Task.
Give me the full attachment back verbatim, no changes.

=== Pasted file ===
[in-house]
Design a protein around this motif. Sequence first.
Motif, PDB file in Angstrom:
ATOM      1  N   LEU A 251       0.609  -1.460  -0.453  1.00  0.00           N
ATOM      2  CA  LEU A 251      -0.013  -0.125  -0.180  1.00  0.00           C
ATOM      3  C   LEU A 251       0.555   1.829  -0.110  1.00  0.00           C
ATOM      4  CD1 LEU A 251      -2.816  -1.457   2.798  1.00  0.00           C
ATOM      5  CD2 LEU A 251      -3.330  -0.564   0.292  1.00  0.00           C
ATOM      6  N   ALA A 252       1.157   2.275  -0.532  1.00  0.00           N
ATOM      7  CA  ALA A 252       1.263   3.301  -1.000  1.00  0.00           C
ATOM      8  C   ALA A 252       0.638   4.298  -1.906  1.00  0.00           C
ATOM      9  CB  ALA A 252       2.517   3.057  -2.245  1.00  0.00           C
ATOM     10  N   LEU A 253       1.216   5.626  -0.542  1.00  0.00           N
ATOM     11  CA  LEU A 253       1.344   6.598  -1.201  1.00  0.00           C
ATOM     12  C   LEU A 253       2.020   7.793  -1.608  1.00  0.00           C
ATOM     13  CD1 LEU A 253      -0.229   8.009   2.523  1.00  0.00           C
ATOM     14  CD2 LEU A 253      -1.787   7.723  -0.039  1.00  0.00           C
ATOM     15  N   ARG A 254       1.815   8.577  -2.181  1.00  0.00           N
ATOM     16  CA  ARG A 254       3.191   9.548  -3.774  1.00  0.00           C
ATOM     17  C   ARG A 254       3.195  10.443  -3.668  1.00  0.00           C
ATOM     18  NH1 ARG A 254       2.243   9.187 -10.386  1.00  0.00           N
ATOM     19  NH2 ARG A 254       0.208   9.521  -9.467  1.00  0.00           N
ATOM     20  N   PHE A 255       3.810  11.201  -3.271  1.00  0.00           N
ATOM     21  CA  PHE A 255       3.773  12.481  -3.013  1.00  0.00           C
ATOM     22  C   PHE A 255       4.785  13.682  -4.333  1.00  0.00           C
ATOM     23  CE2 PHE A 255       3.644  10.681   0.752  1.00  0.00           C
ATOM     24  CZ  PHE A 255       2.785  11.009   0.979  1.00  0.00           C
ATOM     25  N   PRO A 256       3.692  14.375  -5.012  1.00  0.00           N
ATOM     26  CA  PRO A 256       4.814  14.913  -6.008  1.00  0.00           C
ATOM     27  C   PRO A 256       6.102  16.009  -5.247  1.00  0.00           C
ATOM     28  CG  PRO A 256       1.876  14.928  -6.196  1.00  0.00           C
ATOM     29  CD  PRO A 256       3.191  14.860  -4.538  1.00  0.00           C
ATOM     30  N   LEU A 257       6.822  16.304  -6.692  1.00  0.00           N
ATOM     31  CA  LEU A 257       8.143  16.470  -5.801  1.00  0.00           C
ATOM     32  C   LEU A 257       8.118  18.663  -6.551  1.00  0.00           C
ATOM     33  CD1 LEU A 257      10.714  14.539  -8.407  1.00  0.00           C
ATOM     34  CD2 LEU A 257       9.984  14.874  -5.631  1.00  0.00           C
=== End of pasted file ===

[in-house]
Design a protein around this motif. Sequence first.
Motif, PDB file in Angstrom:
ATOM      1  N   LEU A 251       0.609  -1.460  -0.453  1.00  0.00           N
ATOM      2  CA  LEU A 251      -0.013  -0.125  -0.180  1.00  0.00           C
ATOM      3  C   LEU A 251       0.555   1.829  -0.110  1.00  0.00           C
ATOM      4  CD1 LEU A 251      -2.816  -1.457   2.798  1.00  0.00           C
ATOM      5  CD2 LEU A 251      -3.330  -0.564   0.292  1.00  0.00           C
ATOM      6  N   ALA A 252       1.157   2.275  -0.532  1.00  0.00           N
ATOM      7  CA  ALA A 252       1.263   3.301  -1.000  1.00  0.00           C
ATOM      8  C   ALA A 252       0.638   4.298  -1.906  1.00  0.00           C
ATOM      9  CB  ALA A 252       2.517   3.057  -2.245  1.00  0.00           C
ATOM     10  N   LEU A 253       1.216   5.626  -0.542  1.00  0.00           N
ATOM     11  CA  LEU A 253       1.344   6.598  -1.201  1.00  0.00           C
ATOM     12  C   LEU A 253       2.020   7.793  -1.608  1.00  0.00           C
ATOM     13  CD1 LEU A 253      -0.229   8.009   2.523  1.00  0.00           C
ATOM     14  CD2 LEU A 253      -1.787   7.723  -0.039  1.00  0.00           C
ATOM     15  N   ARG A 254       1.815   8.577  -2.181  1.00  0.00           N
ATOM     16  CA  ARG A 254       3.191   9.548  -3.774  1.00  0.00           C
ATOM     17  C   ARG A 254       3.195  10.443  -3.668  1.00  0.00           C
ATOM     18  NH1 ARG A 254       2.243   9.187 -10.386  1.00  0.00           N
ATOM     19  NH2 ARG A 254       0.208   9.521  -9.467  1.00  0.00           N
ATOM     20  N   PHE A 255       3.810  11.201  -3.271  1.00  0.00           N
ATOM     21  CA  PHE A 255       3.773  12.481  -3.013  1.00  0.00           C
ATOM     22  C   PHE A 255       4.785  13.682  -4.333  1.00  0.00           C
ATOM     23  CE2 PHE A 255       3.644  10.681   0.752  1.00  0.00           C
ATOM     24  CZ  PHE A 255       2.785  11.009   0.979  1.00  0.00           C
ATOM     25  N   PRO A 256       3.692  14.375  -5.012  1.00  0.00           N
ATOM     26  CA  PRO A 256       4.814  14.913  -6.008  1.00  0.00           C
ATOM     27  C   PRO A 256       6.102  16.009  -5.247  1.00  0.00           C
ATOM     28  CG  PRO A 256       1.876  14.928  -6.196  1.00  0.00           C
ATOM     29  CD  PRO A 256       3.191  14.860  -4.538  1.00  0.00           C
ATOM     30  N   LEU A 257       6.822  16.304  -6.692  1.00  0.00           N
ATOM     31  CA  LEU A 257       8.143  16.470  -5.801  1.00  0.00           C
ATOM     32  C   LEU A 257       8.118  18.663  -6.551  1.00  0.00           C
ATOM     33  CD1 LEU A 257      10.714  14.539  -8.407  1.00  0.00           C
ATOM     34  CD2 LEU A 257       9.984  14.874  -5.631  1.00  0.00           C